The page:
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Biol Psychiatry. 1990 Feb 15;27(4):400-10.

Visual evoked potential correlates of positive/negative symptoms in schizophrenia.

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  • 1Ohio State University College of Medicine, Columbus 43210-1228.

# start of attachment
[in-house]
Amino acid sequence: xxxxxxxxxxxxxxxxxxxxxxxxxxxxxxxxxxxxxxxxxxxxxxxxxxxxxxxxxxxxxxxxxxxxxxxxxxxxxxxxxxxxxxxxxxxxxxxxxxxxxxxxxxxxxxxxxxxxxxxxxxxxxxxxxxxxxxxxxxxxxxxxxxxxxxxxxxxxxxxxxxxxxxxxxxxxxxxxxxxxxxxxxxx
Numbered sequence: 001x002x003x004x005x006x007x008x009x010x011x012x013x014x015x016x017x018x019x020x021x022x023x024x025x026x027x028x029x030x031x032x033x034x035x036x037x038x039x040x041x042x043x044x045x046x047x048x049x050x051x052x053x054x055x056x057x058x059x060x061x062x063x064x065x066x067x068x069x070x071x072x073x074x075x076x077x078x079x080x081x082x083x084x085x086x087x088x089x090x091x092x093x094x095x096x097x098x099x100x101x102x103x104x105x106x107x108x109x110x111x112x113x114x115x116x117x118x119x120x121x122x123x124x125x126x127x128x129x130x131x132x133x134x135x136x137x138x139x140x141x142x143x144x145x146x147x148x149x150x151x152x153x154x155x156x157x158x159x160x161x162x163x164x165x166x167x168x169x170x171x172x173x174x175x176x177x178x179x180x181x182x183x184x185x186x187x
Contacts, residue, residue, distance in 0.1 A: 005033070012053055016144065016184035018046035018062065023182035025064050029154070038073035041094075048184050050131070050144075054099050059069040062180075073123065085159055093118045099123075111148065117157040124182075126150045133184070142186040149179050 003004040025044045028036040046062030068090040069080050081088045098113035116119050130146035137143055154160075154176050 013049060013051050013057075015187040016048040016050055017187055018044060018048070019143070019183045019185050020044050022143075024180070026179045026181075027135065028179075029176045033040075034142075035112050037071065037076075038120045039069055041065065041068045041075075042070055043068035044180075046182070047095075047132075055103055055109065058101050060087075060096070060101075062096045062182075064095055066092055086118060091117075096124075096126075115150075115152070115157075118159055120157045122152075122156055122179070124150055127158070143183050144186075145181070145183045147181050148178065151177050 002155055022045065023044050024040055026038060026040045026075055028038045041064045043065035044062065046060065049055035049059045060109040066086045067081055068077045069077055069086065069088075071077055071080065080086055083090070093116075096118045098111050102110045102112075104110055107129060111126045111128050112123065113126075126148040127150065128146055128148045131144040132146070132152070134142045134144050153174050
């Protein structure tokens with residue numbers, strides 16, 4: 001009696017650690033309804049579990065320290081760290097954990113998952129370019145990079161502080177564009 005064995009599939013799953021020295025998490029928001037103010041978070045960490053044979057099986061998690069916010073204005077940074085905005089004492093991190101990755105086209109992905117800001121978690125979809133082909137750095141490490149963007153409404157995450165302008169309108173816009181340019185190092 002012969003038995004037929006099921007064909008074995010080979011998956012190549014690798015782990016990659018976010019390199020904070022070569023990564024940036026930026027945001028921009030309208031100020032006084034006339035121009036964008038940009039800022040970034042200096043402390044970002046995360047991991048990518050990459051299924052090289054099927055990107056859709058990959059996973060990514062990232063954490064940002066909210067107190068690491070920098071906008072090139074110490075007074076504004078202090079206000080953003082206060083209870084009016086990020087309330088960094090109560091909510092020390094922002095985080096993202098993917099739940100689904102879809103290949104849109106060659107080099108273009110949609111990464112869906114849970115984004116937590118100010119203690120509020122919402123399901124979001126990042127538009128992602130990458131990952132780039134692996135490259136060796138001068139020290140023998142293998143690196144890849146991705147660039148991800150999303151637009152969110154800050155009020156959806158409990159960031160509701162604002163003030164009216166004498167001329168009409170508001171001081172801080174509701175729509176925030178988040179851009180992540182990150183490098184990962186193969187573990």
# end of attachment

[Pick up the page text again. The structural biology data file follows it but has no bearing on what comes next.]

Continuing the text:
Previous studies of schizophrenic patients have found evoked potential (EP) correlates of clinical symptomatology, including EP differences between subtypes of schizophrenia. In the current study, 14 medicated male schizophrenics underwent flash visual evoked potentials (VEP) and were clinically rated for positive and negative symptoms. We tested the hypothesis that positive symptoms would be associated with VEP latency reduction and negative symptoms with latency prolongation. Patients were divided into predominantly positive symptom and predominantly negative symptom groups using a combination of positive and negative symptom ratings. Patients with predominantly positive symptoms exhibited reduced latencies when compared with predominantly negative symptom patients. Similarly, significant negative correlations between positive symptom ratings and P200 latency variables were found. Correlations between negative symptom measures and P200 latencies (in the opposite direction) were also noted, but were less significant. These relationships persisted when confounders were statistically controlled for. The results are consistent with previous findings of evoked potential correlates of clinical symptomatology, especially those finding EP latency correlates of psychosis severity and affective blunting. The findings are discussed in relationship to concepts relevant to psychosis, including arousal, sensory gating, and the dopamine hypothesis.

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